Shiny Entertainment is hoping its new action/adventure game, Messiah (slated to appear on the PlayStation and the PC this fall) raises the bar on graphics quality in video games.
Messiah stars Bob, a cherub seeking to bring about the end of the world. He has the ability to possess the bodies of other characters and make them do his apocalyptic bidding to progress through the game. Aside from the game's carnage, what you'll really notice is the amazingly lifelike (and almost creepy) way the skin of the characters ripples and stretches as they move.
Messiah is All DAT
Messiah's violent and almost certainly Mature-rated gameplay might mean that some of you will never see it, but Shiny hopes that its new graphics technology will let you see Messiah-like graphics in other games. This new graphics technology is called Real-Time Deformation and Tessellation or RT-DAT. Deformation and tessellation are standard graphics techniques--it's the "real-time" that feeds RT-DAT's hype.
Deformation breathes life into game characters. This graphics process makes them move realistically by enabling the skin of a model image to bend and twist or change shape according to the movement of the skeleton beneath it.
Characters are often created by first constructing a graphics skeleton, sort of an animated 3D stick figure, to identify moving joints. Just like the bones inside our bodies, this graphics skeleton is held together by a system of muscle-like connections; then the skin is "stretched" over the skeleton in an attempt to make the character look and move in a lifelike fashion. The trade-off in processing time usually limits characters to flat, stony skin. In Messiah, however, RT-DAT streamlines defermation calculations so you can see the ripple of every moving muscle and the bounce of every mound of flesh.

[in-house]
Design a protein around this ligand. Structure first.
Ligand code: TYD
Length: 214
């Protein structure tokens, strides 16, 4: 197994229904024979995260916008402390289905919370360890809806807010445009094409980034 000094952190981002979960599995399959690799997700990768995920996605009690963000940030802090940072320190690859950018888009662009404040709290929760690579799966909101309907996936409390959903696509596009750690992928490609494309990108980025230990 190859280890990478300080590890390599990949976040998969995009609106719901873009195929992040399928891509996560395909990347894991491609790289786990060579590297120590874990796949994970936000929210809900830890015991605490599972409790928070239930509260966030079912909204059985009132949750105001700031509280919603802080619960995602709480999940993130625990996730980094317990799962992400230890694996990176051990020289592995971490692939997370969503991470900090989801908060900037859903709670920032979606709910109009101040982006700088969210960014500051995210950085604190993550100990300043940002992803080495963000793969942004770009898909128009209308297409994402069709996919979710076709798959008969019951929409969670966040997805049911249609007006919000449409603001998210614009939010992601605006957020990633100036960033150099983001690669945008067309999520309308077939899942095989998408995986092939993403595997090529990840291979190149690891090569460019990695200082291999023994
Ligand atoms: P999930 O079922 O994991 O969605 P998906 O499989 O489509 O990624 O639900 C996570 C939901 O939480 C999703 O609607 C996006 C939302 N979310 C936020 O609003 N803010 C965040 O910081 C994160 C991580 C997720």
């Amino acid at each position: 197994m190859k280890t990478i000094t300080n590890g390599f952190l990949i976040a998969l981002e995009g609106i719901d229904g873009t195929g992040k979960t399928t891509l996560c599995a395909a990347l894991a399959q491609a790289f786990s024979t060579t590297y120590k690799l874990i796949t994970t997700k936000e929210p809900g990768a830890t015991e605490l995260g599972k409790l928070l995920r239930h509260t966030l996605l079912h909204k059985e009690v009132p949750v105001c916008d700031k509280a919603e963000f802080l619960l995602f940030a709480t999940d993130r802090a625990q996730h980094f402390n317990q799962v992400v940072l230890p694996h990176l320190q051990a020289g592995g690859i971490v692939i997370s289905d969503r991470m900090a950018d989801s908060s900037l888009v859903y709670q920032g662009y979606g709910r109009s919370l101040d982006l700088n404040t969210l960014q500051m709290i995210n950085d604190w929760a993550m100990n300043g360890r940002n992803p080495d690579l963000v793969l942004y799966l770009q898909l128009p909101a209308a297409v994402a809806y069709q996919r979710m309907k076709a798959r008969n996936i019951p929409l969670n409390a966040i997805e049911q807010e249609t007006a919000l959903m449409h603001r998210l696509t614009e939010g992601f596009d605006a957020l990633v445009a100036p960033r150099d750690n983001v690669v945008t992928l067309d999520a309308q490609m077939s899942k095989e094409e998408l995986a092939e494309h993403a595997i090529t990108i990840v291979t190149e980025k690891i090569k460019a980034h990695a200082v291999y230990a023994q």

Zoom That Zooms
Tessellation is the process of breaking down shapes in a 3D image into the basic triangles that compose it, and then adding or subtracting triangles to upgrade or downgrade the image. Tessellation puts pizzazz into zooms. It also determines at what point and to what degree of sharpness you can view objects as you approach them from a distance.
For example, during a game, you might see tessellation in action when you zoom in on an object. The long-range view requires only a few triangles to compose an image (which doesn't have to be extremely detailed) whereas the close-up view can be composed of several thousand triangles for sharpness and detail. Again, because calculating the math to produce tessellation puts a major strain on a game system's processors, many games cheat by having objects zoom in and out of view from a totally black shadow--but RT-DAT shaves the time it takes to calculate the math to produce each step in the zoom effect, generating anywhere from 30 polygons for long-distance views to 8000 polygons for extreme close-ups.
Whether or not Messiah fulfills its promises as a game, RT-DAT certainly seems to prophesize better game visuals for the future.